Rhodiola rosea, an herb deriving from Siberia and China, has shown benefits as an antidepressant agent in a recent study. Published in the March 15 edition of the journal Phytomedicine, Rhodiola was tested among 57 subjects suffering from mild to moderate depression over 12 weeks, against the antidepressant drug sertraline. Results of the study were measured using standard scoring tests. The results showed that Rhodiola offers antidepressant benefits, though sertraline proved more effective. But the researchers who conducted the study found Rhodiola imparts fewer negative effects than sertraline, making it a safer choice.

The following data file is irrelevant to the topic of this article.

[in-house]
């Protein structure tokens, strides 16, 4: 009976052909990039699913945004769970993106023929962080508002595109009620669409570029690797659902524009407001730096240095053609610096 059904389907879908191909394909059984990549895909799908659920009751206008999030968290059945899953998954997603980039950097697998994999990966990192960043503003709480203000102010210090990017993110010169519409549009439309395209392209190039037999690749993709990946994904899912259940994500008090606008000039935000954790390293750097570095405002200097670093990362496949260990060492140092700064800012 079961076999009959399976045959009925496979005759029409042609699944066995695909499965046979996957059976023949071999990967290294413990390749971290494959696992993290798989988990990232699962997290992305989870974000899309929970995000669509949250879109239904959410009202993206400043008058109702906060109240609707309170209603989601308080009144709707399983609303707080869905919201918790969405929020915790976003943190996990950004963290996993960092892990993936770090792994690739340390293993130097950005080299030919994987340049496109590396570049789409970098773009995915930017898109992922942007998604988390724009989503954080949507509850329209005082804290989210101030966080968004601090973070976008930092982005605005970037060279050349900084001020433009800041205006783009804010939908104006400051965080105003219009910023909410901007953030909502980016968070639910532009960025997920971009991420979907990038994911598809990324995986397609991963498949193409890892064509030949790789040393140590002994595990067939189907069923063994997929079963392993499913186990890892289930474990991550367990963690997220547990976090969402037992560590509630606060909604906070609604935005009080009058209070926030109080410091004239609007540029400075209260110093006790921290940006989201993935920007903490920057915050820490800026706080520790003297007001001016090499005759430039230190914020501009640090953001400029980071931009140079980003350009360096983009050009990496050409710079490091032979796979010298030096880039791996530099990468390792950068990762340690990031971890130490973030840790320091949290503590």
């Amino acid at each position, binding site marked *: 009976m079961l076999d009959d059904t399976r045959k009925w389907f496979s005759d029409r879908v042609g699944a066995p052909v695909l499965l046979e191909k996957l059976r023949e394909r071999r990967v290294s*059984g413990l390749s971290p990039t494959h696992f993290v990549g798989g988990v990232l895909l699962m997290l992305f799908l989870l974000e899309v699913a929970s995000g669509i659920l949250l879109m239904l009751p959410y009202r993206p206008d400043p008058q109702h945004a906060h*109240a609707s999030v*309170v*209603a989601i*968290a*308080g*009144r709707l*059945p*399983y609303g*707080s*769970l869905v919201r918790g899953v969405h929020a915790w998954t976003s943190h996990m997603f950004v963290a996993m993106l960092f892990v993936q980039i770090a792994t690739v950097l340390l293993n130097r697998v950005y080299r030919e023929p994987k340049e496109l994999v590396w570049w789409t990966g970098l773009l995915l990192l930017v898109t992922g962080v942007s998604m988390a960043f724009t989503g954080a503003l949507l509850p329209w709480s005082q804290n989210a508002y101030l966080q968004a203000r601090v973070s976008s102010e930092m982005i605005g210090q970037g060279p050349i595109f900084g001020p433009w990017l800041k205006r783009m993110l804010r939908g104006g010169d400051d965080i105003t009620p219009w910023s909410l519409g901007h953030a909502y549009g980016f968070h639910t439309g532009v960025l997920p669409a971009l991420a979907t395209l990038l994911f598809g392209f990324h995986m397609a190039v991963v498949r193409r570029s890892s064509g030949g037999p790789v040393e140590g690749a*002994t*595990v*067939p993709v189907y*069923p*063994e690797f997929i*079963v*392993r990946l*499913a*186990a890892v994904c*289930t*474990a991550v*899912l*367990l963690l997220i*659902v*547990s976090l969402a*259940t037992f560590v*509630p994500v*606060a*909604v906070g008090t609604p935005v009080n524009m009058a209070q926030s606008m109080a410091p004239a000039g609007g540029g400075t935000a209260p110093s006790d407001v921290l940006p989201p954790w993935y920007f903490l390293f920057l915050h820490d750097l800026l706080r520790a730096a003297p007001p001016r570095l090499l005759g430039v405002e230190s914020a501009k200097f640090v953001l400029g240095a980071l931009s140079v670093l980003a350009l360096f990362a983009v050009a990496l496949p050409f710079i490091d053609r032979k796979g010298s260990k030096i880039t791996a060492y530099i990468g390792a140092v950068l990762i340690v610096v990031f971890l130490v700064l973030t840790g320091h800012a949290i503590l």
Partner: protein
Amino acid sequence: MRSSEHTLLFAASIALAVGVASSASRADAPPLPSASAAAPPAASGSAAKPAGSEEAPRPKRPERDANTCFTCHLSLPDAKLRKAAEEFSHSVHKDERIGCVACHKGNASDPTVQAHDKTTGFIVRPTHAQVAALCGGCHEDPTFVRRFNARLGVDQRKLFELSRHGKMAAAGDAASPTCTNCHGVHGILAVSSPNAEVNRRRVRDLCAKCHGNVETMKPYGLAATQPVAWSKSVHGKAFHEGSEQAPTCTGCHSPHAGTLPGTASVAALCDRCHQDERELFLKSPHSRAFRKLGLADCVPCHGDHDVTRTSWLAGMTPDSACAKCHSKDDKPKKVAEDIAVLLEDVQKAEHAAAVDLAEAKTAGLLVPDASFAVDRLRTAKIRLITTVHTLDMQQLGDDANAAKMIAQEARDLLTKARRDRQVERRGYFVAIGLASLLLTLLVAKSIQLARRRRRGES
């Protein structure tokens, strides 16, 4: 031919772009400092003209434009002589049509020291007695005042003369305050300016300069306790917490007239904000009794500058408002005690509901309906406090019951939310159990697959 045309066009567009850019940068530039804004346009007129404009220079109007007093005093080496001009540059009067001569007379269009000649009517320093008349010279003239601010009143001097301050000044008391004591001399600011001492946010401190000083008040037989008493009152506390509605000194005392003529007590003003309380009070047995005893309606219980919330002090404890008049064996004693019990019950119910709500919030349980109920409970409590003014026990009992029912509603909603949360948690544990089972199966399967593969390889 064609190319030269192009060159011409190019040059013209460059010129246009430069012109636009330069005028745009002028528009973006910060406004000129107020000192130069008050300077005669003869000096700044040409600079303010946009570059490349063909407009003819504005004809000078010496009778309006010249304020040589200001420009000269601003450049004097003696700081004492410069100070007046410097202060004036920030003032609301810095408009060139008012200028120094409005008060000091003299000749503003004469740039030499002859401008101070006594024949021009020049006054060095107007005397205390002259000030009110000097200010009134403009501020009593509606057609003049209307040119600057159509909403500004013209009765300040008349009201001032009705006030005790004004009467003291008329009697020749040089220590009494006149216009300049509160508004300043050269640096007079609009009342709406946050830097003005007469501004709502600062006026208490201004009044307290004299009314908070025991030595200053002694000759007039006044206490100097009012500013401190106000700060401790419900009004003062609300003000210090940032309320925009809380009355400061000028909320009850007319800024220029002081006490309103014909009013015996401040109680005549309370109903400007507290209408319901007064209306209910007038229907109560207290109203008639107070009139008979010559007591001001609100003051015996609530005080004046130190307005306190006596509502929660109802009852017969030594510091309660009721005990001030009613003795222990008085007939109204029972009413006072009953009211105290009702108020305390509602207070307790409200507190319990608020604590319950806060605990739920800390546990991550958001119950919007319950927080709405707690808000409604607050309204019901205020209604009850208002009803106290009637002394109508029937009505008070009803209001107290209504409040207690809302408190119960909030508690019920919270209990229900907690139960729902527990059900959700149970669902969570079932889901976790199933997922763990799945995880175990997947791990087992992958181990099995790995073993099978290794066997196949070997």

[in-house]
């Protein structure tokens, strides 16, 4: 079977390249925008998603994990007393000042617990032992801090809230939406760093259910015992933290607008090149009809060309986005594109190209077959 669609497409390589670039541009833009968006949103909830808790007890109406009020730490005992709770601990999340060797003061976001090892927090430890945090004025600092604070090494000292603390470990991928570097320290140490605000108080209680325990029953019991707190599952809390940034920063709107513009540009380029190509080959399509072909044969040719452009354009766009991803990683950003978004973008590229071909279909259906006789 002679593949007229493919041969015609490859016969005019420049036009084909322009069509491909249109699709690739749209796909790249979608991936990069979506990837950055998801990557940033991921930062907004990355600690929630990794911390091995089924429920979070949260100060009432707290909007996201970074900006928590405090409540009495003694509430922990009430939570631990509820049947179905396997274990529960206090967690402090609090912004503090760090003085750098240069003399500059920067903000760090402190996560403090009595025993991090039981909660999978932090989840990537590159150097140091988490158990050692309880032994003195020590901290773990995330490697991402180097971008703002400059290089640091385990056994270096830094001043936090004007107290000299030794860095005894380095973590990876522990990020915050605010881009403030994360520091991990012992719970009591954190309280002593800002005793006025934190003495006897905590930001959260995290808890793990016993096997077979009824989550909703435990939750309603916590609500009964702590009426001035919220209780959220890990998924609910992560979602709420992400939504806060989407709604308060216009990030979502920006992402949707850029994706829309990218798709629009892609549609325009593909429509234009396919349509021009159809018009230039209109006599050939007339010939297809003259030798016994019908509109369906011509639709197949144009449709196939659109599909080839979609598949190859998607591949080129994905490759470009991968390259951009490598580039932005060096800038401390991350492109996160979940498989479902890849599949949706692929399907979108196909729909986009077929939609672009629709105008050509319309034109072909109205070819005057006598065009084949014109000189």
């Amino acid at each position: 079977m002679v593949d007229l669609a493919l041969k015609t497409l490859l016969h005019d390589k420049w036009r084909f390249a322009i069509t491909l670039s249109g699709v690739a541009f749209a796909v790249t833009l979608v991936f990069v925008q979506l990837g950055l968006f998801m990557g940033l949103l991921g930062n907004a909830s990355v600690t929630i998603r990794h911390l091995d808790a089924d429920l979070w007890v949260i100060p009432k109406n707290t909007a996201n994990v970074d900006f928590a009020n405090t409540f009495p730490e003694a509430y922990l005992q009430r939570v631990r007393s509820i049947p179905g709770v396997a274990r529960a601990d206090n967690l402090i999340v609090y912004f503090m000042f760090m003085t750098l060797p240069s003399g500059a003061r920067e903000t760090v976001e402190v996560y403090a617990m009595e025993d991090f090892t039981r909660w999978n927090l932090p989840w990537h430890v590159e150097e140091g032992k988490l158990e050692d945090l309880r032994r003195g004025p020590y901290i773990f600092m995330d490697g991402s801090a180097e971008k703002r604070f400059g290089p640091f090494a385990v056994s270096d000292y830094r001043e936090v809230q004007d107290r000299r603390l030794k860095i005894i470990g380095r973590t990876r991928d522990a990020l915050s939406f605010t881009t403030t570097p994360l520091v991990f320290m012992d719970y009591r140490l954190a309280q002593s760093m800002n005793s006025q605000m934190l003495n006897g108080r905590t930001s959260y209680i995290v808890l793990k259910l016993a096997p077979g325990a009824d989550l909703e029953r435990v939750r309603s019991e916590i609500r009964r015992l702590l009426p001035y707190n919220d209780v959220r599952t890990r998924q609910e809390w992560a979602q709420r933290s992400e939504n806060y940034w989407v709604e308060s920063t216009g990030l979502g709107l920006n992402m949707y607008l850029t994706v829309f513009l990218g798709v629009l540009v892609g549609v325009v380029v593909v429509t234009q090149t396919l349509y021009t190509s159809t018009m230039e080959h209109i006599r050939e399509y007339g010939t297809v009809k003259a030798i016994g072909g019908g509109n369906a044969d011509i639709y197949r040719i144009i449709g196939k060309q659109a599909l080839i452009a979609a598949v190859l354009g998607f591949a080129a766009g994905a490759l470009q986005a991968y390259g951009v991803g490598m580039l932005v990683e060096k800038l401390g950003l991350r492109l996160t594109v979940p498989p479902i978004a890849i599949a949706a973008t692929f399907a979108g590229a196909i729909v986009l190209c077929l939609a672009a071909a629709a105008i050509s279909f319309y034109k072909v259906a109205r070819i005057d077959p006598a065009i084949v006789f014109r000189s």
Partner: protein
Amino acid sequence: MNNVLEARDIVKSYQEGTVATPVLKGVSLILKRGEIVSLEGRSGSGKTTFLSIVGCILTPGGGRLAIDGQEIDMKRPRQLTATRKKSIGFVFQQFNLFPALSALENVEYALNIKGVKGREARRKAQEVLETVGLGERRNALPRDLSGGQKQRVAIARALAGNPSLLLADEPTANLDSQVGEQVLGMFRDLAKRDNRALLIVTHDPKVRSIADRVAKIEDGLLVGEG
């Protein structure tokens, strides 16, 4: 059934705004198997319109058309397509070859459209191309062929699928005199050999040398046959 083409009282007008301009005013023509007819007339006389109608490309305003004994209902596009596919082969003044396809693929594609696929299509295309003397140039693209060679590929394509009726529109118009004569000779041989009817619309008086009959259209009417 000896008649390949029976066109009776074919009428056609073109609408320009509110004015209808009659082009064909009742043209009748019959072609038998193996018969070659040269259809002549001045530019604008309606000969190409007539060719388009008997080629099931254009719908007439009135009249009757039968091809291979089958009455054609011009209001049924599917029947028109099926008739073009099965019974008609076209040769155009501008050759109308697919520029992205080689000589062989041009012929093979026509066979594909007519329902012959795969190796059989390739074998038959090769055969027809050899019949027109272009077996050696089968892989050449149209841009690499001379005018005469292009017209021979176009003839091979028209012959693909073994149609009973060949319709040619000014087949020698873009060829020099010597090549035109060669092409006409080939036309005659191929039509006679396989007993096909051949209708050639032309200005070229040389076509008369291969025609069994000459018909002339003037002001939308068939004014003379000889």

This is not the first time that Rhodiola has been highlighted as an anti-depressant. Dr. Richard Brown and Dr. Patricia Gerbarg, both practicing psychiatrists in New York, have promoted the clinical uses of Rhodiola for many years, as has UCLA- based psychiatrist Hyla Cass. These doctors and others find Rhodiola rosea extract a viable choice in many cases for the treatment of mild to moderate depression.